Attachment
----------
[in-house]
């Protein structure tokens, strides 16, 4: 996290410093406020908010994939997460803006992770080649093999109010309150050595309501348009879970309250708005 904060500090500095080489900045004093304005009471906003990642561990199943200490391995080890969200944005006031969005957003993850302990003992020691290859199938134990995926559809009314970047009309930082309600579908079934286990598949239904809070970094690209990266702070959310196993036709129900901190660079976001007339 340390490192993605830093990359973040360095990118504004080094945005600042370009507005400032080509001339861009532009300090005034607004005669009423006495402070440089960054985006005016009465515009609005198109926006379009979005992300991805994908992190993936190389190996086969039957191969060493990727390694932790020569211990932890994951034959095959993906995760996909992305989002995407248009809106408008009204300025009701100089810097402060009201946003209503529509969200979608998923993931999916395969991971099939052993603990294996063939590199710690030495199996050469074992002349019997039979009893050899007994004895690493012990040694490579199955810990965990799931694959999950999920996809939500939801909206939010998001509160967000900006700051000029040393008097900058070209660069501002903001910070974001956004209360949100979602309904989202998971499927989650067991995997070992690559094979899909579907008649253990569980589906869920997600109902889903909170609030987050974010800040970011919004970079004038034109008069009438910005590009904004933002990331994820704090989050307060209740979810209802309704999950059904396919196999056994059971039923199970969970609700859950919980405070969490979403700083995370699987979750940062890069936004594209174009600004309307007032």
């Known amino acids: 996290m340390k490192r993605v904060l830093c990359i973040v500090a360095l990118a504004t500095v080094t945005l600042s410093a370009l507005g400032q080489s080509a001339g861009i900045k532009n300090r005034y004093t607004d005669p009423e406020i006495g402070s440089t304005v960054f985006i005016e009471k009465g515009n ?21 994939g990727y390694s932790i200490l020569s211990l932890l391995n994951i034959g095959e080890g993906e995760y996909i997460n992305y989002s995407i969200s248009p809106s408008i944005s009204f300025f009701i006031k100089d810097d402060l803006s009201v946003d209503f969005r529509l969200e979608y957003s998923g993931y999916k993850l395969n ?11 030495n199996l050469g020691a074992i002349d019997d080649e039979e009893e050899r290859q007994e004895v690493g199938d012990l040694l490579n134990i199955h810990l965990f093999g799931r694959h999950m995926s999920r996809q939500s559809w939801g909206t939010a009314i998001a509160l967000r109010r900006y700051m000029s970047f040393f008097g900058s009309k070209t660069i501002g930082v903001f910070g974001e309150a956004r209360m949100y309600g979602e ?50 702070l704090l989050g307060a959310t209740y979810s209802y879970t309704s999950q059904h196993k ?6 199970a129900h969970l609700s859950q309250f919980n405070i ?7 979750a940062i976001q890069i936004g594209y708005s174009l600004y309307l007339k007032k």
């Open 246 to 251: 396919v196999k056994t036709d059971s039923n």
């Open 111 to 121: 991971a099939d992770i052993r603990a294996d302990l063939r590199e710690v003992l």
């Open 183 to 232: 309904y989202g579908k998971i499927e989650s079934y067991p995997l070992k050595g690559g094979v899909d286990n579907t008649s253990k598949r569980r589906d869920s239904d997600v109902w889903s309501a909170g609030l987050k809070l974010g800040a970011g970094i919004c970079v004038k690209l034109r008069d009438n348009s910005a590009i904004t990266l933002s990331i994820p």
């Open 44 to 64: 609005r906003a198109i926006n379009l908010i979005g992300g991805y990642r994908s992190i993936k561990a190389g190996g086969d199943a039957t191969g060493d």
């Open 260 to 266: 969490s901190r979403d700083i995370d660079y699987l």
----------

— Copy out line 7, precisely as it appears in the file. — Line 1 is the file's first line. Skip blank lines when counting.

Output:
């Open 44 to 64: 609005r906003a198109i926006n379009l908010i979005g992300g991805y990642r994908s992190i993936k561990a190389g190996g086969d199943a039957t191969g060493d």